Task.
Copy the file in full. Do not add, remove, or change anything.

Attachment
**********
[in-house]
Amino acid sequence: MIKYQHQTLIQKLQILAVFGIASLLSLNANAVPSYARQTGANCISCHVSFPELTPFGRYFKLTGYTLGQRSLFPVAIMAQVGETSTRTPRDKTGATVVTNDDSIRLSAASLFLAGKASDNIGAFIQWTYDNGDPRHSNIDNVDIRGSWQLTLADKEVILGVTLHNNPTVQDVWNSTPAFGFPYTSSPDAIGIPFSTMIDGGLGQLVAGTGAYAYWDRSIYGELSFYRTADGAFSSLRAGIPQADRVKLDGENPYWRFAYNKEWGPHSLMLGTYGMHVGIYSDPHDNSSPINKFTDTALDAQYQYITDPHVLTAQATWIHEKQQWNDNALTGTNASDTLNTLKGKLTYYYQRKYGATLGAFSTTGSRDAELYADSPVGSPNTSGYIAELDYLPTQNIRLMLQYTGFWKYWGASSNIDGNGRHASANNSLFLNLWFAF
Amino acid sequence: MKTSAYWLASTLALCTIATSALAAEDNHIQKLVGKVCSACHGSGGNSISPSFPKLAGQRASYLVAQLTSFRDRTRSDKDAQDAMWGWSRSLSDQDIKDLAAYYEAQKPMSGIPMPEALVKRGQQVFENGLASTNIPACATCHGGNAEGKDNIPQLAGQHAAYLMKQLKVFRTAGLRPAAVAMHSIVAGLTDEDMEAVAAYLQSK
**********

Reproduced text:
[in-house]
Amino acid sequence: MIKYQHQTLIQKLQILAVFGIASLLSLNANAVPSYARQTGANCISCHVSFPELTPFGRYFKLTGYTLGQRSLFPVAIMAQVGETSTRTPRDKTGATVVTNDDSIRLSAASLFLAGKASDNIGAFIQWTYDNGDPRHSNIDNVDIRGSWQLTLADKEVILGVTLHNNPTVQDVWNSTPAFGFPYTSSPDAIGIPFSTMIDGGLGQLVAGTGAYAYWDRSIYGELSFYRTADGAFSSLRAGIPQADRVKLDGENPYWRFAYNKEWGPHSLMLGTYGMHVGIYSDPHDNSSPINKFTDTALDAQYQYITDPHVLTAQATWIHEKQQWNDNALTGTNASDTLNTLKGKLTYYYQRKYGATLGAFSTTGSRDAELYADSPVGSPNTSGYIAELDYLPTQNIRLMLQYTGFWKYWGASSNIDGNGRHASANNSLFLNLWFAF
Amino acid sequence: MKTSAYWLASTLALCTIATSALAAEDNHIQKLVGKVCSACHGSGGNSISPSFPKLAGQRASYLVAQLTSFRDRTRSDKDAQDAMWGWSRSLSDQDIKDLAAYYEAQKPMSGIPMPEALVKRGQQVFENGLASTNIPACATCHGGNAEGKDNIPQLAGQHAAYLMKQLKVFRTAGLRPAAVAMHSIVAGLTDEDMEAVAAYLQSK